How to create a new gene signature from RNAseq data
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21 months ago
avelarbio46 ▴ 30

Hello everyone!

We have characterized a type of cell that is different in its functions from other cells in general. We would like to create a gene signature from 4 samples that were sequenced with RNAseq.

I've been trying to learn a way to do this without comparing to other cell types, but if needed, this would be ok too.

Is there any literature or method that you guys recommend to creating a gene signature?

1 - We tought about finding the top expressed genes that have the least variance between samples, as one way. 2 - The other way was to find enriched pathways for the most expressed genes, select the pathways that are relevant to our biological condition and then apply the 1st filter (which risks losing relevant genes for the signature but keeps only genes relevant to both cell type and relevant biological pathway)

I've seen ssGSEA and other method but I don't understand how they can be usefull to find our own gene signature!

Is there any way to find the "similarity" between our 4 samples?

Any tips will be highly appreciated

gene RNAseq signature • 1.4k views
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21 months ago
mark.ziemann ★ 1.9k

I've been trying to learn a way to do this without comparing to other cell types, but if needed, this would be ok too.

Is there any literature or method that you guys recommend to creating a gene signature?

A gene signature is a list of genes that distinguishes a biosample from others, so you will need to compare to other cell types. If it is a blood cell, then you will need to compare to other blood cell types and identify the genes whose expression distinguishes your new cell compared to other cells.

One approach could be to calculate the mean expression of genes of other cells and compare this to the mean expression in your new cell type, and select the genes with the highest ratio.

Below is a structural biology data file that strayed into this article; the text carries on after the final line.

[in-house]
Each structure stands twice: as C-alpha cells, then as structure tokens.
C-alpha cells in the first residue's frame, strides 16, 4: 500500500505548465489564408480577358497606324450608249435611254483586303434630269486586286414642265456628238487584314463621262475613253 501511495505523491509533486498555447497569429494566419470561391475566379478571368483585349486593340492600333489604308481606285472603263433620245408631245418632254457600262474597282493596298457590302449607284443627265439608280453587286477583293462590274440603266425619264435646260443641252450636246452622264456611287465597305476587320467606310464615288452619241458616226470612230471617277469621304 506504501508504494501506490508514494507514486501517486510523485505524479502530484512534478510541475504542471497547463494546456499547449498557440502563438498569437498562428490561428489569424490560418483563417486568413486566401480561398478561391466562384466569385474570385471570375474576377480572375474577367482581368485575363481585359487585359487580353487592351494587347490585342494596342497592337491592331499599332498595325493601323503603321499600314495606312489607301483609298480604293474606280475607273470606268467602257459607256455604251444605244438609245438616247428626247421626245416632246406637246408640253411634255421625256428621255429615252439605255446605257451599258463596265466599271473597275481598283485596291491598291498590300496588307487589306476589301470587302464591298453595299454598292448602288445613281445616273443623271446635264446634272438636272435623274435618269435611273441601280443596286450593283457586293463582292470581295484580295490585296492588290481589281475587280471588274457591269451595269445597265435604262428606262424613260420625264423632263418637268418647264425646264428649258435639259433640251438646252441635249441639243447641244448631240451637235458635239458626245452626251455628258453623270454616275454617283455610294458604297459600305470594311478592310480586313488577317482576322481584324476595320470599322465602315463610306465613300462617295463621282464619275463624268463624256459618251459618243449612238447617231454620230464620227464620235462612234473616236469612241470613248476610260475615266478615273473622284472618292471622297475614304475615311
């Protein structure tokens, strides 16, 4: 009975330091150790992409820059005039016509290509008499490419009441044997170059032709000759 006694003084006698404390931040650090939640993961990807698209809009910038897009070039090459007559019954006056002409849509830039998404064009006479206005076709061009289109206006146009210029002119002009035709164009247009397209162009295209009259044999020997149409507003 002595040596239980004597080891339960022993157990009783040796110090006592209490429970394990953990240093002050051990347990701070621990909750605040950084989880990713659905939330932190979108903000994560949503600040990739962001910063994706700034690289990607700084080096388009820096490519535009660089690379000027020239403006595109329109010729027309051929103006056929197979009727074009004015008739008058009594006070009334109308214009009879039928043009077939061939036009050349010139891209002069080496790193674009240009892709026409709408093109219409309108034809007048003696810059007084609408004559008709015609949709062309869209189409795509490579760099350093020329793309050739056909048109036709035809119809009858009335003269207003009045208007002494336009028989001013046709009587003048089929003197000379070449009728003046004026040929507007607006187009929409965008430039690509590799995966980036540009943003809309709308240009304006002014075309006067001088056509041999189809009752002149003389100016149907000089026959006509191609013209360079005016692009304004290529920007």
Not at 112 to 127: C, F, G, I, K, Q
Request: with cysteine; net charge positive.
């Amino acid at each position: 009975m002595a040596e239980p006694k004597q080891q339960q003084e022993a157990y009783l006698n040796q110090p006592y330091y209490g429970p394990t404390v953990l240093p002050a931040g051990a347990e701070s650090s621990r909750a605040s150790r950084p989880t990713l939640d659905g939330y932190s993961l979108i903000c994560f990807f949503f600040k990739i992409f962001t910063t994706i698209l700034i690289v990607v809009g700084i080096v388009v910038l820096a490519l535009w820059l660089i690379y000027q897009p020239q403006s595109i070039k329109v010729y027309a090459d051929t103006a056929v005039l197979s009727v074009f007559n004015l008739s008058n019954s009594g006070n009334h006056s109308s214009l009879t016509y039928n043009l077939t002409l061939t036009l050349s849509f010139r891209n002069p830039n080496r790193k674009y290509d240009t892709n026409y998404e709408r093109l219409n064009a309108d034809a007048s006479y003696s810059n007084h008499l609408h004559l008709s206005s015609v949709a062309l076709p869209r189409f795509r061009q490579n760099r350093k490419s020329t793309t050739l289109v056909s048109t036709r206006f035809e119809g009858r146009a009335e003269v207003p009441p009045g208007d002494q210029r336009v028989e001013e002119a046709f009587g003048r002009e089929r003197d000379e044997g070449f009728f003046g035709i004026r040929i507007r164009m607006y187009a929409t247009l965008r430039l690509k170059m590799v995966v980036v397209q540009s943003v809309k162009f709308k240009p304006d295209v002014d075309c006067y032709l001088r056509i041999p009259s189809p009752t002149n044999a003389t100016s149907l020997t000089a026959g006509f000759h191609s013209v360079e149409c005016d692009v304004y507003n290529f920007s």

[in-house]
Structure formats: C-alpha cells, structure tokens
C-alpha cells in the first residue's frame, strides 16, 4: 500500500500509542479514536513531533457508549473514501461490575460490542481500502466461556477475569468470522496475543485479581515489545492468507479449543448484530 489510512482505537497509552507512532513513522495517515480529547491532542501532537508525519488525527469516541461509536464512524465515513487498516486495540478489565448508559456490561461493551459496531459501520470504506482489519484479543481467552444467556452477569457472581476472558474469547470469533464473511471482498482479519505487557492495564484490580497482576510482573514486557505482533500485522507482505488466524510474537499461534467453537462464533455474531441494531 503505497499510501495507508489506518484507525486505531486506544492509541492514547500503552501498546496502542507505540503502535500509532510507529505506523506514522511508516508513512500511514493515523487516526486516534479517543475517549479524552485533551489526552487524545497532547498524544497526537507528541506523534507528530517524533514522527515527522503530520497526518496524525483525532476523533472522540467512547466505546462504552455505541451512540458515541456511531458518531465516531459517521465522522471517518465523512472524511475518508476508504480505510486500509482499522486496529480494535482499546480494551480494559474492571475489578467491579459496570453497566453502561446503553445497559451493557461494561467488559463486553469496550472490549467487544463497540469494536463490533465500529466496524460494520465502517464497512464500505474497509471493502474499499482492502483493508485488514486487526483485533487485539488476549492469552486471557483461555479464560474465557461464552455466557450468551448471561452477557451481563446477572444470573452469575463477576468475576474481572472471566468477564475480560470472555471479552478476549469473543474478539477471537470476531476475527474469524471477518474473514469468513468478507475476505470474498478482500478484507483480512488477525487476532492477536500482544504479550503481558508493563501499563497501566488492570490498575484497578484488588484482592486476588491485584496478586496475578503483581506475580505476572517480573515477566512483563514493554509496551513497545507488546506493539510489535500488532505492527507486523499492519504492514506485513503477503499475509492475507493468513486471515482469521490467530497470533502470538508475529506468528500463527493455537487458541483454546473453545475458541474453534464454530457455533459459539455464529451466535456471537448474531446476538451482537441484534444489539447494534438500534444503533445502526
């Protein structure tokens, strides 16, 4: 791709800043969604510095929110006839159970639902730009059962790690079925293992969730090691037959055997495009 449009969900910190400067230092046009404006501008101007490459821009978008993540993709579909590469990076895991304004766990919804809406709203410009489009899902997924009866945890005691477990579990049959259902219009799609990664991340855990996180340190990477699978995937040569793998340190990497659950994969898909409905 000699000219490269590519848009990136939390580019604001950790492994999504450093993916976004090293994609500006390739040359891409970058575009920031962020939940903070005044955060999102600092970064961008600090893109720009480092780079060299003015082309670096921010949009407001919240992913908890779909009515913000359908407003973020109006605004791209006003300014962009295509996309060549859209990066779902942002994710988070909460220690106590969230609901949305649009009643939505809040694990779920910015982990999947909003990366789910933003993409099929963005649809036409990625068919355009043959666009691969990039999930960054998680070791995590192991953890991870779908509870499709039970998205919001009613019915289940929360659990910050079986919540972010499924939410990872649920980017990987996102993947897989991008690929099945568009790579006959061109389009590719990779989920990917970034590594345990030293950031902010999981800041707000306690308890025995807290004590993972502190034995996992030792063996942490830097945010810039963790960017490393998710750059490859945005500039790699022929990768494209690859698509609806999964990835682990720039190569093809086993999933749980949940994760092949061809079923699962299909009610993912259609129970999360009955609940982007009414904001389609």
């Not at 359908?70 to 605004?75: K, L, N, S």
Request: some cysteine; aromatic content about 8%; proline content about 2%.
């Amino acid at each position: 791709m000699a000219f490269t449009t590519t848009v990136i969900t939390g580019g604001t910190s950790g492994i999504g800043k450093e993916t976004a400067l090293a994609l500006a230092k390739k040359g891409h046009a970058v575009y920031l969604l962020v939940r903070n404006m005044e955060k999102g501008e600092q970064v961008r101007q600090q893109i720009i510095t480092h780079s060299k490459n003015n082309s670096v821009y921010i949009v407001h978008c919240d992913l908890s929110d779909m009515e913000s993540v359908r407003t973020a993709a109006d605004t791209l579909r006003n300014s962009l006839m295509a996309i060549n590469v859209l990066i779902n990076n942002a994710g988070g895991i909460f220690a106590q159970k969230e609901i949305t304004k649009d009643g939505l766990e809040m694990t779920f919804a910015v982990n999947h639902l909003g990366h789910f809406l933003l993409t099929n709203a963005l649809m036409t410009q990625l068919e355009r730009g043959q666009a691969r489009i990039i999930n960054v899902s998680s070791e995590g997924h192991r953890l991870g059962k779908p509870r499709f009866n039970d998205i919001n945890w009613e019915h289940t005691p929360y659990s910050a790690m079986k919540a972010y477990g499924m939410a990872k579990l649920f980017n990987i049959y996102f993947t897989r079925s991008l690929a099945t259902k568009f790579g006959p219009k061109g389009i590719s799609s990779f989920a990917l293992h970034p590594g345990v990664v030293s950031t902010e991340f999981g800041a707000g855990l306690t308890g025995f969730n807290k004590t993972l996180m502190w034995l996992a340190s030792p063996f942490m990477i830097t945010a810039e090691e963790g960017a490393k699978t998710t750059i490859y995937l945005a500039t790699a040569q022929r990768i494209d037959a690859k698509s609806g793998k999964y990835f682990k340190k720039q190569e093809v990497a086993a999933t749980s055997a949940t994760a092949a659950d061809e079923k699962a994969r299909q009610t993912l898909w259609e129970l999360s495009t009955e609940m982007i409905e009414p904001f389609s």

Another approach could be to use a heatmap to cluster samples and genes, this will identify genes that are expressed only in your cell type, but you'll need to extract the clutering information out of the gene dendrogram.

Is there any way to find the "similarity" between our 4 samples?

I find using PCA analysis useful to viauslise the similarity of the new samples to other known cell types. Apart from that, you can calculate correlation coefficients

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21 months ago
ATpoint 82k

A signature is not a fixed and immutable list of genes, it is relative. Imagine a CD4 T-cell. There are hundreds of genes that separate it from a muscle cell, and on the between-organ/tissue scale that could serve as a signature to define T-cells. But if you compare CD4 with CD8 and Treg cells then this list is completely useless as it is far to broad to define the specific CD4 subset. That having said, you first of all have to decide the scale you want to compare your cells with and once that is decided you need suitable data from these other cells you want to compare with. One approach would be to run differential expression between all relevant cell population and then for each population select genes that are overexpressed against all others. Or against all but one other, or two...as said it is relative and stringency depends on your goal. For populations in a tight developmental continuum such as hematopoietic progenitors it is often hard to find "unique" markers that are only present in one cell type but not in all others. Here, signatures are rather the combination of many genes rather than a set of unique individual genes. It all really depends on your setup.

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